SHE already has attracted a huge following with her dress sense -- but meteorologist Jean Byrne is about to appeal to art-lovers as well.
Ireland's favourite weathergirl has rediscovered her love of painting, and her seascape image is to be auctioned for charity next weekend.
The popular presenter has revealed the near-tragedy behind her painting of Ballybunion, where she nearly drowned as a child.
"It's one of my earliest memories -- of just being swept away by a wave while in the sea at Ballybunion," she told the Irish Independent.
"I was about five and my mother could not even see me but she put her hands into the water and was groping around and then she just caught me and pulled me out."
Although Ms Byrne's memories of that day when her life was saved by her late mother, Lola, are hazy, she says the sea and memories from her childhood inspired her work.
"I was brought up in Kerry and the landscape is very inspiring," she said.
Although she always loved art, in secondary school when she was making her subject choices she had to choose between it and music. As she played the piano, she decided to stick with the latter.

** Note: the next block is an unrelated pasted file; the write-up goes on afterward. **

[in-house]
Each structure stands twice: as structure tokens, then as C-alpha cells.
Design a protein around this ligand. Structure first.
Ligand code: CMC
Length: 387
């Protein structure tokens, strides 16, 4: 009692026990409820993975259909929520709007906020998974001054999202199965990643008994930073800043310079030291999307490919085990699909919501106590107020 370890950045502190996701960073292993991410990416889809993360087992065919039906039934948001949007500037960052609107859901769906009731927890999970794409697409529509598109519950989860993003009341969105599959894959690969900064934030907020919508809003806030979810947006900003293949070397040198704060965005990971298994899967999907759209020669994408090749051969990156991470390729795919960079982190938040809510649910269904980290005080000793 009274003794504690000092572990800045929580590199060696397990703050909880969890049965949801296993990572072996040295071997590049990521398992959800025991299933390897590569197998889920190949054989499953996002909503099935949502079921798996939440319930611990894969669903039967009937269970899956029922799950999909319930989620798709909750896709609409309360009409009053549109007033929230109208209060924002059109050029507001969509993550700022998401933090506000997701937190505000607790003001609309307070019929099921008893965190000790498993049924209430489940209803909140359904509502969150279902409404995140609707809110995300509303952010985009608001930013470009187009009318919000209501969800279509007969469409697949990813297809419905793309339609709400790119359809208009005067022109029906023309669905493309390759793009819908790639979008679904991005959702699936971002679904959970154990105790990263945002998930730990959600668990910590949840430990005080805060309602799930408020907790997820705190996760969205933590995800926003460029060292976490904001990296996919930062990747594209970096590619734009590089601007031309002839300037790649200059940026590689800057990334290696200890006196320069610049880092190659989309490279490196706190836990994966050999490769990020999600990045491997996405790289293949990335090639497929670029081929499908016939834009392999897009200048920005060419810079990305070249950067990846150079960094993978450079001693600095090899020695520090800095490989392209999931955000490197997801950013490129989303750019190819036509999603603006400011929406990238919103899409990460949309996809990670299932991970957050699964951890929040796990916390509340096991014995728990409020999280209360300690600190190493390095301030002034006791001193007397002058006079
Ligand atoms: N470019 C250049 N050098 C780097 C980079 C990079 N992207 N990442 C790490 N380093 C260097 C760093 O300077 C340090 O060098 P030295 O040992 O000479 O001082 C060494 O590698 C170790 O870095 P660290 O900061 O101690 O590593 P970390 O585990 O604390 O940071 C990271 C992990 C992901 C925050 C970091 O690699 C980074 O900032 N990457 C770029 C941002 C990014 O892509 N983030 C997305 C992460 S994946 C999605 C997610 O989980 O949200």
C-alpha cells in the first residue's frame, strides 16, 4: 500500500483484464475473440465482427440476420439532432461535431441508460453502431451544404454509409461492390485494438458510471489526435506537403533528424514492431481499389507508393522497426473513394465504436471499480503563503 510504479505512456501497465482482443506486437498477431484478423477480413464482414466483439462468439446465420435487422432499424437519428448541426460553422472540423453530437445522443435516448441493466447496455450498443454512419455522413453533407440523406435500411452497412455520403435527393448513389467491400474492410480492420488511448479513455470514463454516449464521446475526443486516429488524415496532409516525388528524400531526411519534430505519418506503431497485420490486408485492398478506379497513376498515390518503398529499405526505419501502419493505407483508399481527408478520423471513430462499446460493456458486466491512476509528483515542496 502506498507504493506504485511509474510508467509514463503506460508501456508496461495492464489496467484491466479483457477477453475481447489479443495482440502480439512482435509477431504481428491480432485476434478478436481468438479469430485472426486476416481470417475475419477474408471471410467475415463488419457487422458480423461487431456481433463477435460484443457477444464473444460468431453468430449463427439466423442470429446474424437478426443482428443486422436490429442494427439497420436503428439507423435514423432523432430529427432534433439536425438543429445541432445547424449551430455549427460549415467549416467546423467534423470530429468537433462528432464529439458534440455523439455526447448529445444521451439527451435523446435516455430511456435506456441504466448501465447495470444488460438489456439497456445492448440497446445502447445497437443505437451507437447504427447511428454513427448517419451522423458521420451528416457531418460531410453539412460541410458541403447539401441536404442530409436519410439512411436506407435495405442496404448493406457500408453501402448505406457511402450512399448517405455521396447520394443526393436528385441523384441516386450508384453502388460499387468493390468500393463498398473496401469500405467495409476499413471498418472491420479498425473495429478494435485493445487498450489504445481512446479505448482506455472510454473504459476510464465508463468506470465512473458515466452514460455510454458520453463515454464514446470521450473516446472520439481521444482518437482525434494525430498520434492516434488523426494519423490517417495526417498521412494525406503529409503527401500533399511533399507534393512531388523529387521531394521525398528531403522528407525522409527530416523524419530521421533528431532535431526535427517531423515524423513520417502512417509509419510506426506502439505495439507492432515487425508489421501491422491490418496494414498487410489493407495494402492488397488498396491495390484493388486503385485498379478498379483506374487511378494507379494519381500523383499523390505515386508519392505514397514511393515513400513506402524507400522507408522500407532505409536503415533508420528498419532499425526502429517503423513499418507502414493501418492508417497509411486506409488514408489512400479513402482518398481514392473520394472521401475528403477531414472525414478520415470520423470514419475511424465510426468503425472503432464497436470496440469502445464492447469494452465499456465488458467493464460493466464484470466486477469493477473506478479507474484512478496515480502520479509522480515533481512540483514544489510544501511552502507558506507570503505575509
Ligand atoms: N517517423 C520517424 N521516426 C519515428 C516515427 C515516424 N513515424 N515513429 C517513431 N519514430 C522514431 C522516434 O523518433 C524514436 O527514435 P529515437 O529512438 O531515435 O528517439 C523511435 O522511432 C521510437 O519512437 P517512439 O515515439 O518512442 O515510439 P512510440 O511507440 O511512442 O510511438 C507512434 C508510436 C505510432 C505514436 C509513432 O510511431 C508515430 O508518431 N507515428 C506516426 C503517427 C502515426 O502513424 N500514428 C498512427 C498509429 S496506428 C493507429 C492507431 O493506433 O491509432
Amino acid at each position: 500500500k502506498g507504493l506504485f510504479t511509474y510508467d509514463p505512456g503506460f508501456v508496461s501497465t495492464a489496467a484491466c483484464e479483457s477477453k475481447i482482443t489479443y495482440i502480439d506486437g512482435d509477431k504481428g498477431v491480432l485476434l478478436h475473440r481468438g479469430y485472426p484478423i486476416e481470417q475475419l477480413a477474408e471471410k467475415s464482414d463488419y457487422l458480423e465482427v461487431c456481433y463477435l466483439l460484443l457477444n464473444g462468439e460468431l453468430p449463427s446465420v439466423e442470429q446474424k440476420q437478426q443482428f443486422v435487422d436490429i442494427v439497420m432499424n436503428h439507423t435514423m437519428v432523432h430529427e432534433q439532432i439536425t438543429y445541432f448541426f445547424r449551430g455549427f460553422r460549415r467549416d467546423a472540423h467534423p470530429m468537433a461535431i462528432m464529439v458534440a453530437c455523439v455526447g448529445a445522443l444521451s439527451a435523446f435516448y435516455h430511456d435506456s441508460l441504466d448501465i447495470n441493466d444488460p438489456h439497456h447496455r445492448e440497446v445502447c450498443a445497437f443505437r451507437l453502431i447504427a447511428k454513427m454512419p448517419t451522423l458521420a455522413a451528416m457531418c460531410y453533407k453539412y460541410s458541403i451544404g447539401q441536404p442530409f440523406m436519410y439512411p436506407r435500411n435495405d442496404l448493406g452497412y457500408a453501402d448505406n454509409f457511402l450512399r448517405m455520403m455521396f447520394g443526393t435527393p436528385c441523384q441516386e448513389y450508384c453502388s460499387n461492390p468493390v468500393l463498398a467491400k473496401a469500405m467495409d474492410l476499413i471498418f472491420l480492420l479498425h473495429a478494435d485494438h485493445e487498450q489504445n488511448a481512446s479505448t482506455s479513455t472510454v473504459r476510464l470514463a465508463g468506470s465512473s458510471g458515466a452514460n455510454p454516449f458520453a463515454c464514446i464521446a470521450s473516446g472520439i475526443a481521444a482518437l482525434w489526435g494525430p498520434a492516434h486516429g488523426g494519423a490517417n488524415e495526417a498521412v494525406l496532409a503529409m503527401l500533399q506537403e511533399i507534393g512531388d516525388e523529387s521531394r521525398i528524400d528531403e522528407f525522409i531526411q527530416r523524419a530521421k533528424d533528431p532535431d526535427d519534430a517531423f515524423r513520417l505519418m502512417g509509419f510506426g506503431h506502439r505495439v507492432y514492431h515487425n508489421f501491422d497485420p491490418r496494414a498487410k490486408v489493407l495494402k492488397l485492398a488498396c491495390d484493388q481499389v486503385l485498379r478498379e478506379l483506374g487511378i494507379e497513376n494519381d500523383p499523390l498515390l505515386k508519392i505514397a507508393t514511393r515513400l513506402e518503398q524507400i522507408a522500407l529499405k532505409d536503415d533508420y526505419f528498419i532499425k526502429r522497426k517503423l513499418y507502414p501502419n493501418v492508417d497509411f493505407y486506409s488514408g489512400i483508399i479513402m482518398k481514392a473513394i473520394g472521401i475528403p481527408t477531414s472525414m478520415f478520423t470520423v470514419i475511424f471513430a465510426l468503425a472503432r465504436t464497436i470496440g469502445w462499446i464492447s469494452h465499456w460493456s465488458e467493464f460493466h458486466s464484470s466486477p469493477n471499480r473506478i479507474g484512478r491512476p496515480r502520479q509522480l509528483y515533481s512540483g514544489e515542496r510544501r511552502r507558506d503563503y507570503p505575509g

"Since then I've always felt I'd like to take it up again. I love visiting art galleries but I thought I could never catch up," she added.
But having completed her first painting with the guidance of seascape artist Brenda Malley, she's going to take up her brushes again.
Ms Byrne is just one of a number of celebrities and artists who have donated a painting for the Cill Rialaig Art 250 exhibition in Ballinskelligs, Co Kerry, next weekend and she will open the event on Easter Saturday.
The proceeds of the sale go towards Cill Rialaig artists' retreat on Bolus Head, the most westerly point of the Iveragh peninsula.
The Art 250 concept was dreamed up by Cill Rialaig founder Noelle Campbell-Sharp and has proven to be a great success. Donated artworks sell unidentified, all at the same price -- a recession-proof €250.
The doors will open at 12pm sharp at the Cill Rialaig Centre on Saturday.